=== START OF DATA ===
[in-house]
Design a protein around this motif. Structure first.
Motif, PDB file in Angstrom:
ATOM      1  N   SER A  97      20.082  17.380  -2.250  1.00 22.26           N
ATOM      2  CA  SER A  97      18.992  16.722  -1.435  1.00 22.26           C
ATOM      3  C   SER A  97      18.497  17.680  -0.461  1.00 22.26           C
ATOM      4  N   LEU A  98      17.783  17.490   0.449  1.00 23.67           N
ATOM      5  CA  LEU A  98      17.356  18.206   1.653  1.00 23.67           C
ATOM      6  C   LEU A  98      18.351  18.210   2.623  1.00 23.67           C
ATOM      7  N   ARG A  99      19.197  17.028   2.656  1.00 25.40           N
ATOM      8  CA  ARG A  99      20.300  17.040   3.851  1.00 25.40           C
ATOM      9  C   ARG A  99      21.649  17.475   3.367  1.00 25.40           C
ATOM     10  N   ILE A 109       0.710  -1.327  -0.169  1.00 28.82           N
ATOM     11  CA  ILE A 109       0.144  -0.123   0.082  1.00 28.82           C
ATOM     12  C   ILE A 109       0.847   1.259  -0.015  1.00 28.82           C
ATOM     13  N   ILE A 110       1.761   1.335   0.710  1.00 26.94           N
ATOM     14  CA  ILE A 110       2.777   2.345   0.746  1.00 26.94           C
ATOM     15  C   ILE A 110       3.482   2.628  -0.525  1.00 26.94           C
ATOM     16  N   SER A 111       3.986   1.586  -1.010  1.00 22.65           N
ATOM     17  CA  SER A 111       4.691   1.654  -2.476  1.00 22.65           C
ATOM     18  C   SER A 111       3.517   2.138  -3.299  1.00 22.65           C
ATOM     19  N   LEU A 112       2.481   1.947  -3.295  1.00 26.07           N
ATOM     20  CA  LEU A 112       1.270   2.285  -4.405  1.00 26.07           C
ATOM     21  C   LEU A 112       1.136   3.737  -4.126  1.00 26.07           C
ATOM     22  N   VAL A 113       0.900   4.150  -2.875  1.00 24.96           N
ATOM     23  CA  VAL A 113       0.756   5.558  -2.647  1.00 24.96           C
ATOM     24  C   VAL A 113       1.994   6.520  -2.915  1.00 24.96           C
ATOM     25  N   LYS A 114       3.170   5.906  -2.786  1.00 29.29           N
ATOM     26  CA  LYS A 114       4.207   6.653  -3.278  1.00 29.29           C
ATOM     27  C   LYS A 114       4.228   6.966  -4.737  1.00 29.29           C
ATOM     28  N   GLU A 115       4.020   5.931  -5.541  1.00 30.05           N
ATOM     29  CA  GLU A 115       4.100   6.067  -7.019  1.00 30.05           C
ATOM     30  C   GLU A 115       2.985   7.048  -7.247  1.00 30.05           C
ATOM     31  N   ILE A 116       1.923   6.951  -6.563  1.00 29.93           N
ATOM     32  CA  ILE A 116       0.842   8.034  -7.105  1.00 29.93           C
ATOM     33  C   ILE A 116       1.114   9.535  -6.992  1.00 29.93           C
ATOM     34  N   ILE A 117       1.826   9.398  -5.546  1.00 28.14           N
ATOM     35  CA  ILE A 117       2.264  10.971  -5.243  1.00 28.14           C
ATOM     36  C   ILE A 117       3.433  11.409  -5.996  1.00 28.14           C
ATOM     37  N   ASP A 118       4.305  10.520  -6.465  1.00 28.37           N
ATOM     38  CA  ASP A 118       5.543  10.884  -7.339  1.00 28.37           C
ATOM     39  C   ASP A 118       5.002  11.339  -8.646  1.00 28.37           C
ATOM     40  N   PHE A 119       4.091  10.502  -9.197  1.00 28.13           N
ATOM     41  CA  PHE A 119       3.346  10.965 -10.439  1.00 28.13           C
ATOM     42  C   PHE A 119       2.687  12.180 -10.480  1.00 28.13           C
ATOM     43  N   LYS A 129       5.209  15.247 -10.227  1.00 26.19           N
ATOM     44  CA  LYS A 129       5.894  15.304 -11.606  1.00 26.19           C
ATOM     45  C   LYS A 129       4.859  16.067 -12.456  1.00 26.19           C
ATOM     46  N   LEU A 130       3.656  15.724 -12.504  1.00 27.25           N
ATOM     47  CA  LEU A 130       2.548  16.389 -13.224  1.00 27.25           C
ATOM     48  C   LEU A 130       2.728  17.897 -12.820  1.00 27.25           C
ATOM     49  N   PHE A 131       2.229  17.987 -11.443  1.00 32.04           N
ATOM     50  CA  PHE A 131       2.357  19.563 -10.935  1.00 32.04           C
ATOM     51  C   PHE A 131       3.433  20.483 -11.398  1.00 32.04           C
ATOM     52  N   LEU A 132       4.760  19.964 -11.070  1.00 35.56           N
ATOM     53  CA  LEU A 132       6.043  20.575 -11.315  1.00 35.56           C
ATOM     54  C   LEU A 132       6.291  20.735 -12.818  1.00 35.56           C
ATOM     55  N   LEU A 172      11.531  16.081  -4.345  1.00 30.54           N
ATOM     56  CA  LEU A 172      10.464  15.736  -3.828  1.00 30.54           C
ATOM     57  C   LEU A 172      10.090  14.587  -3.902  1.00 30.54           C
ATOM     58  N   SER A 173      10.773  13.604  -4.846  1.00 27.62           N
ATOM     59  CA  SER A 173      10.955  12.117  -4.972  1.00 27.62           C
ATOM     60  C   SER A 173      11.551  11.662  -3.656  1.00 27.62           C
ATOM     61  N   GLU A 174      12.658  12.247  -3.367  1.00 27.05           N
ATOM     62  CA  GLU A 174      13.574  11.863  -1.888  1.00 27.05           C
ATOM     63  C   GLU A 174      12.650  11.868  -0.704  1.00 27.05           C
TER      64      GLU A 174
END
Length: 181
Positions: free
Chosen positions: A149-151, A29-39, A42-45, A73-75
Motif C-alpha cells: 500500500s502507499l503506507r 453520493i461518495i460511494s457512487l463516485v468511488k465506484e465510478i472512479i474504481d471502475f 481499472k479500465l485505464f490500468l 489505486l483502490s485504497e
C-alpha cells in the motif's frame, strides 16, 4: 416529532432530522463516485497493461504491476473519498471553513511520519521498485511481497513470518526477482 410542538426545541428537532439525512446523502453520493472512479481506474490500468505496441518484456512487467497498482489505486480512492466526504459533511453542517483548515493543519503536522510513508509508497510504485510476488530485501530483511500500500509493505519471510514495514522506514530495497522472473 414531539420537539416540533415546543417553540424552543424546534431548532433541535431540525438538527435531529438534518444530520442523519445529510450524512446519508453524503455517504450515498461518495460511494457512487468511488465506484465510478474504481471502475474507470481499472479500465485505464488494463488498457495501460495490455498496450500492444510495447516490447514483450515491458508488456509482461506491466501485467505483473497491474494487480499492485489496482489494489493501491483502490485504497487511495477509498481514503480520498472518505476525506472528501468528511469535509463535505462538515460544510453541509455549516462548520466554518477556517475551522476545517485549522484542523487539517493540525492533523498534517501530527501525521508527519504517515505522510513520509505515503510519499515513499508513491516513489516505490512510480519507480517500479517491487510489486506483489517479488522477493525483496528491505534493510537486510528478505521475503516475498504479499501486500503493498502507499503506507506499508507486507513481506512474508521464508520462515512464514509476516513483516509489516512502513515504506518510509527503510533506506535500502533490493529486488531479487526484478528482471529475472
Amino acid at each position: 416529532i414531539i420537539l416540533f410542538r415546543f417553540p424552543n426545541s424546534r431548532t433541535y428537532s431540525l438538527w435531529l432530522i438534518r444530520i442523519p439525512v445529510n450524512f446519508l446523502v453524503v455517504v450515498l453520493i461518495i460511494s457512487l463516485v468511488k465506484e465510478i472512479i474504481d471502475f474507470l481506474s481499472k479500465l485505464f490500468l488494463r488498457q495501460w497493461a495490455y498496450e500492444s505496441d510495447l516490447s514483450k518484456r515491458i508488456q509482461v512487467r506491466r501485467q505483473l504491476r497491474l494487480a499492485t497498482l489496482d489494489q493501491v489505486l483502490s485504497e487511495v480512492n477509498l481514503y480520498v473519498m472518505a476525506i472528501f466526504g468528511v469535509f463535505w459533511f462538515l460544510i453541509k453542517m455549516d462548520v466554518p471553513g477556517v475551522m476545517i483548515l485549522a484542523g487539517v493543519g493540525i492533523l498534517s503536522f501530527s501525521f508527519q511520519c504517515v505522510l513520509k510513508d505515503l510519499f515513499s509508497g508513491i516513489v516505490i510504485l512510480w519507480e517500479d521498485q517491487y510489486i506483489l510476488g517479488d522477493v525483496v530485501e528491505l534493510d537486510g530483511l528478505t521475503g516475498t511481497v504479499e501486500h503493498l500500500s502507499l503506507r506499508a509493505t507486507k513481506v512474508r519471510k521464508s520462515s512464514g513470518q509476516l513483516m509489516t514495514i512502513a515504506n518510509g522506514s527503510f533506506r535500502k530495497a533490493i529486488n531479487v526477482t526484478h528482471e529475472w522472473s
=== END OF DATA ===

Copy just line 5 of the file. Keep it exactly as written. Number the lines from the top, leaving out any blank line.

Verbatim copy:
ATOM      2  CA  SER A  97      18.992  16.722  -1.435  1.00 22.26           C